Why your Credit Score Matters
A bad credit score can make it hard for you to get approved for a loan, and may even require you to have a co-signer and/or a decent chunk of change to use as a down payment in order to get approved. A bad credit score can put a damper on your career, too – did you know that more and more employers are doing background checks that include a peek at a potential employee’s credit history? And planning for the future — trading in your current vehicle for a new one, buying a house, investing in the stock market — can be a little difficult to do when the current state of your credit makes things uncertain.
The first step to fixing bad credit is to grab the bull by the horns: contact the three credit reporting bureaus (Experian, Equifax, and Trans-Union) and request copies of your credit history. Then find a reputable company or even a bank to purchase your credit score from. With the bad news in hand, you can now go through the reports, line by line, and highlight any discrepancies. For instance, if you know you paid off the $400 balance on your Sears credit card, but it’s showing as being an outstanding balance (unpaid) on your credit report, then that’s something you’ll want to look into right away.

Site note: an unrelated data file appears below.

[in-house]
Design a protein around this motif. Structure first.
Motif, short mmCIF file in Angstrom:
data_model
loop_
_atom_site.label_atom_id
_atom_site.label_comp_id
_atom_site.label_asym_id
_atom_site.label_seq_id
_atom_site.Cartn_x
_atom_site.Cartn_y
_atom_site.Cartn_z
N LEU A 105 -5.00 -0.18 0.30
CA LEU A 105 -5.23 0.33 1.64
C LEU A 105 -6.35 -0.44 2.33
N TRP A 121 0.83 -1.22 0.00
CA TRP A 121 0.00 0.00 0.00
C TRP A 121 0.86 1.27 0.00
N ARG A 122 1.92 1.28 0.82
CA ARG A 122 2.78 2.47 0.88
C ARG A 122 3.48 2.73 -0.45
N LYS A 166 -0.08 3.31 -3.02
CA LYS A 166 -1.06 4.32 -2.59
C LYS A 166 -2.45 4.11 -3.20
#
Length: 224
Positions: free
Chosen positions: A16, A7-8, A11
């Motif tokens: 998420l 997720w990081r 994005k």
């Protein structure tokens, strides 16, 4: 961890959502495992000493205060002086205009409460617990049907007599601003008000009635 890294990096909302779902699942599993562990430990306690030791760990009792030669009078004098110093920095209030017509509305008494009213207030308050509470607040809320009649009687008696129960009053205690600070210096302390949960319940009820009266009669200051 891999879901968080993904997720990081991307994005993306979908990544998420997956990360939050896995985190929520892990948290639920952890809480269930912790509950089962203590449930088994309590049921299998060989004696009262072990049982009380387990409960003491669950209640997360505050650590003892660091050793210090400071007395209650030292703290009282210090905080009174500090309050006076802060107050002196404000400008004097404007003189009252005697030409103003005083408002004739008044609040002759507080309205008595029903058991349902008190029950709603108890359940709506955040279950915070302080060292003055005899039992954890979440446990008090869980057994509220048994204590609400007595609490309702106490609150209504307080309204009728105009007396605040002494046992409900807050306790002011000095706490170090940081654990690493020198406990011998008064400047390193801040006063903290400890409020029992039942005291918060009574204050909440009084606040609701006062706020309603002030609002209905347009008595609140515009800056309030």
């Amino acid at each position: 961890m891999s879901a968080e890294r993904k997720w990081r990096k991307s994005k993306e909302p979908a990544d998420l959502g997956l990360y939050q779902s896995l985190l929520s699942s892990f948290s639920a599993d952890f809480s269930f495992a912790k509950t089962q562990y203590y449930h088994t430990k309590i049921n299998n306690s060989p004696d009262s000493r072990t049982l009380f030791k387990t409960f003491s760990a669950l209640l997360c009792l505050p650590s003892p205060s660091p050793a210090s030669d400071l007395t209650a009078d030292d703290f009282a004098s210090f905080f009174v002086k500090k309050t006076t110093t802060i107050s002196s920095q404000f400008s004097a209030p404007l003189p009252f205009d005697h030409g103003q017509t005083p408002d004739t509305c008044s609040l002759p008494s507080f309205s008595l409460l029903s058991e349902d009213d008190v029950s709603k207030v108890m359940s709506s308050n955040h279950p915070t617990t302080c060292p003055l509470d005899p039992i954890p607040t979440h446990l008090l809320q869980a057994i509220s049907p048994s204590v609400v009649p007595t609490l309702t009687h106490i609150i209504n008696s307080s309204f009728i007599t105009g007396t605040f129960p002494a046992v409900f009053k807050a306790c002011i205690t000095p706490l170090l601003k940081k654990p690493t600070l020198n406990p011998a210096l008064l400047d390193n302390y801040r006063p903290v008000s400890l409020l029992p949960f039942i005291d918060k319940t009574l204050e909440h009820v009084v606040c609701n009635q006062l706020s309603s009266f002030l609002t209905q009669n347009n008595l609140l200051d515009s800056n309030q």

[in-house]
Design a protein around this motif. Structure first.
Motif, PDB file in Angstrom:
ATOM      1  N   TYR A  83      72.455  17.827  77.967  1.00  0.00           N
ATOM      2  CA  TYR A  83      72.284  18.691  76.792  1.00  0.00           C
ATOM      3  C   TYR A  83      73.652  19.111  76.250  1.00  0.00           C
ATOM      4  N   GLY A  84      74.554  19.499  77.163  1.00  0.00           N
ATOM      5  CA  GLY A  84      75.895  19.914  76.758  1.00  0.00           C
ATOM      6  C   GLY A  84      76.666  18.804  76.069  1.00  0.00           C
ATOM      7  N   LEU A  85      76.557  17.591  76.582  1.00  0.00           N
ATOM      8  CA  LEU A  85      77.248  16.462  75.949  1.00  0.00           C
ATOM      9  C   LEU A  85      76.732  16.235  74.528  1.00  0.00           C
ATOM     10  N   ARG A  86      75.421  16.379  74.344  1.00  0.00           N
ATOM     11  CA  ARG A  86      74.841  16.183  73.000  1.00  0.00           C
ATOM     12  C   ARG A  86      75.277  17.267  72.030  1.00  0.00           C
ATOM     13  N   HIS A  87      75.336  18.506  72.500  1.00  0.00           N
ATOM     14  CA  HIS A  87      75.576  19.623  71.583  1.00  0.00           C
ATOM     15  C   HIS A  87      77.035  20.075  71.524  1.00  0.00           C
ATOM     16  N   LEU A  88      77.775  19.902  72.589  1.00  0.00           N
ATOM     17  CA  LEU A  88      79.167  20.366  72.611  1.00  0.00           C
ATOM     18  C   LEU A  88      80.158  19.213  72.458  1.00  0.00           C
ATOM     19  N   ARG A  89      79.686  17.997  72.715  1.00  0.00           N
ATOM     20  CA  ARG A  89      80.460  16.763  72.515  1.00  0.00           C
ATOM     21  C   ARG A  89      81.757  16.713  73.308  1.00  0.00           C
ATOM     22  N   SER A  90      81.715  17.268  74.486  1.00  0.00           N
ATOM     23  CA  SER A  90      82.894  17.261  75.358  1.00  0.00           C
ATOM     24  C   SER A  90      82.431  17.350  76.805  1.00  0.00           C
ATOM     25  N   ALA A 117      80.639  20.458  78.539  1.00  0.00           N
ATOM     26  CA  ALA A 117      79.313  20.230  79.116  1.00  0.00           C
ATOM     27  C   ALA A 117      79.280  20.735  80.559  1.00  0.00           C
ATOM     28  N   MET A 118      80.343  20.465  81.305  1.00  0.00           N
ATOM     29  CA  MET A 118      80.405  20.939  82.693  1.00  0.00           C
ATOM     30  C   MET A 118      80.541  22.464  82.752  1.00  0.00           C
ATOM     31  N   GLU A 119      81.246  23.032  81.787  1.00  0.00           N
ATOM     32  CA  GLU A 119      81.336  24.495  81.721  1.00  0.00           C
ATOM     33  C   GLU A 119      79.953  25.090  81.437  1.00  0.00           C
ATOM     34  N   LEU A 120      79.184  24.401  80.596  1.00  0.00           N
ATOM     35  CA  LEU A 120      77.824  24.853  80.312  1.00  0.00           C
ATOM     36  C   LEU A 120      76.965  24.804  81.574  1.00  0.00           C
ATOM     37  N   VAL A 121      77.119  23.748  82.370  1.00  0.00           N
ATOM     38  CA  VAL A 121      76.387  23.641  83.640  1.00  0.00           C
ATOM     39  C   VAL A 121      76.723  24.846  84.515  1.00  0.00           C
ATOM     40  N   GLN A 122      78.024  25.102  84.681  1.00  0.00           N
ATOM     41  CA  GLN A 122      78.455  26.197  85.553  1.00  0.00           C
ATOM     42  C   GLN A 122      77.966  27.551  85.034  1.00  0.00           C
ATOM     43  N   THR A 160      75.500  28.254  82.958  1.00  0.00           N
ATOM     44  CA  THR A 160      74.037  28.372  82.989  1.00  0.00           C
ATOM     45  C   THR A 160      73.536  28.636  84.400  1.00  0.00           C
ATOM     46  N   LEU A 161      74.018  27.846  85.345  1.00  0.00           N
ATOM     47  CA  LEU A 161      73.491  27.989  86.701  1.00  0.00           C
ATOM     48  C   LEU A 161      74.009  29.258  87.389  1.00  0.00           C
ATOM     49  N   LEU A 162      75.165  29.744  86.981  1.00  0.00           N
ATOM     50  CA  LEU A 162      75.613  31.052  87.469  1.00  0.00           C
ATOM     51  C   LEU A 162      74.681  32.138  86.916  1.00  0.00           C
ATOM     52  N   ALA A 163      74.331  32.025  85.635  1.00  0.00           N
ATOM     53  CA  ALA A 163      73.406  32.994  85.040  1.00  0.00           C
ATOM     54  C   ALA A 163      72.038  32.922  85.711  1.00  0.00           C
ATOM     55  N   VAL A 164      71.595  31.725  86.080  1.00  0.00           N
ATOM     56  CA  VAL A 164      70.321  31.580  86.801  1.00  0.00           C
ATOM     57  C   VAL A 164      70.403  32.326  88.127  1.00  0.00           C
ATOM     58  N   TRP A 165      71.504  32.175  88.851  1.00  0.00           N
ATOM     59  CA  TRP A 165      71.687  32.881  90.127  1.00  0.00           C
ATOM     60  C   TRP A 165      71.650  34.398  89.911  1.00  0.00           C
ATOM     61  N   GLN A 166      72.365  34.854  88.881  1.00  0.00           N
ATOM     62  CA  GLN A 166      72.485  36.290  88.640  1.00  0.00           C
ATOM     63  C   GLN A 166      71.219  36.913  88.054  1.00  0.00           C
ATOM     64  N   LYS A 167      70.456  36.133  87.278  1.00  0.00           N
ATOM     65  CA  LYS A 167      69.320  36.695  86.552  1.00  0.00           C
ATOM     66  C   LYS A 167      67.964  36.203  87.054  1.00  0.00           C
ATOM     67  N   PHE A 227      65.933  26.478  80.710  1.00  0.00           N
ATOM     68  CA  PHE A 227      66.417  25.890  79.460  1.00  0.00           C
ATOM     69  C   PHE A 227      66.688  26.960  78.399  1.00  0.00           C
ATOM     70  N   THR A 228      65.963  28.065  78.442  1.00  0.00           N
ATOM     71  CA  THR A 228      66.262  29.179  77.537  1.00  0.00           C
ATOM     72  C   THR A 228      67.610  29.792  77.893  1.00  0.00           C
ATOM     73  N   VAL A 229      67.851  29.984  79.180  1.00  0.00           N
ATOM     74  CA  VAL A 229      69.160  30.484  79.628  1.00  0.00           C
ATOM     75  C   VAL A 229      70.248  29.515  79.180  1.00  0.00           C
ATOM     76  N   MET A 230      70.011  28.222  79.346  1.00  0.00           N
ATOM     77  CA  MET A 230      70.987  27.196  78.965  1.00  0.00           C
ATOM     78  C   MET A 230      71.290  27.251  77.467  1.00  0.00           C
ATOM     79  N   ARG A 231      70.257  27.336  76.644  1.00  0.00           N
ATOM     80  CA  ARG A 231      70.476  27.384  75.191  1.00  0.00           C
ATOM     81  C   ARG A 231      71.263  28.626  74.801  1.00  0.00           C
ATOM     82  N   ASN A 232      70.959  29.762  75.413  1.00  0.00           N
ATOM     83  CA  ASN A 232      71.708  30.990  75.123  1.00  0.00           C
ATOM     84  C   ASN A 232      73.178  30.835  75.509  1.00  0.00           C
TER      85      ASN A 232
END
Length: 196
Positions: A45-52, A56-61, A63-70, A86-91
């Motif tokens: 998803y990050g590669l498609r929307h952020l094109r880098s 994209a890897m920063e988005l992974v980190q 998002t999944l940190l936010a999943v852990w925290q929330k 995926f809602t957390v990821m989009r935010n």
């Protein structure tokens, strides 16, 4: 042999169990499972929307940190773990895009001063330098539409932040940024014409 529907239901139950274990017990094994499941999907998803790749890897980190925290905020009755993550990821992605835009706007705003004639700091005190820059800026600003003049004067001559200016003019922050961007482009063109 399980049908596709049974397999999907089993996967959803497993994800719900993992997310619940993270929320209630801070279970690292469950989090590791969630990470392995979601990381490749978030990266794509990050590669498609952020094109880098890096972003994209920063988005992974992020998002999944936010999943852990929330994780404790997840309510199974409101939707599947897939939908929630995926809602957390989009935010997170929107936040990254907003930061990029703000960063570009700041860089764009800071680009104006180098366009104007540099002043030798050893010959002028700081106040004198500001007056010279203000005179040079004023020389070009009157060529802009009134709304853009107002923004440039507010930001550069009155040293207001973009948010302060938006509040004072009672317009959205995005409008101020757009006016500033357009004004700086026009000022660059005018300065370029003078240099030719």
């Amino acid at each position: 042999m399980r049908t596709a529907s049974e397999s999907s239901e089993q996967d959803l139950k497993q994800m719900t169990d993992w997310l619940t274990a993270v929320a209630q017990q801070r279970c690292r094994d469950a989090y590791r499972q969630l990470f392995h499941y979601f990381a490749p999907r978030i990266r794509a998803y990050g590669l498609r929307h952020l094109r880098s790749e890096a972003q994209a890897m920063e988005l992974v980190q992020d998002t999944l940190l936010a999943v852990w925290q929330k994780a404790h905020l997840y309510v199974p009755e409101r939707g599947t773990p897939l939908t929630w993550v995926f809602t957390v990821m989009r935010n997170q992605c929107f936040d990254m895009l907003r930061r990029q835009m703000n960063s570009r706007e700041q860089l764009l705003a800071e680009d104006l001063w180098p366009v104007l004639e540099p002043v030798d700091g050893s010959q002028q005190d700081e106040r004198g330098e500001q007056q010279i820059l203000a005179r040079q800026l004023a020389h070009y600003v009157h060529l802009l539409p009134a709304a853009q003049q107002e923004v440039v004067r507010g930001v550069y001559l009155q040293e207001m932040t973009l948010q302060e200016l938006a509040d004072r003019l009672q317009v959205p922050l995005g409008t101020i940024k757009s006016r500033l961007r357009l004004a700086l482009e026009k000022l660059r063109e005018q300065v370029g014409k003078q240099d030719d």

Once you’ve determined just how bad things are, you’ll need to decide if you’re going to fix your credit on your own, or if you’ll hire a third party to do the fixing for you. Credit repair companies, for example lexingtonlawreveiws.com, will take the time to go over your credit report in fine detail, and they’ll do the leg-work required to take care of discrepancies and disputes. Either way, fixing your credit will take time and dedication. If you don’t have the available time and resources to handle the fixing of your credit on your own, then the fees a credit repair firm charge will be well worth it. Plus, they’ll go over your report repeatedly with a fine-tooth comb, and may even be able to handle disputes in a more efficient and resolution-seeking manner than you could.
Keep in mind that repairing your credit and keeping it in good condition takes time and a willingness to change spending habits and improve on money management, but in the end, the pay-off — financial security — is well worth the effort.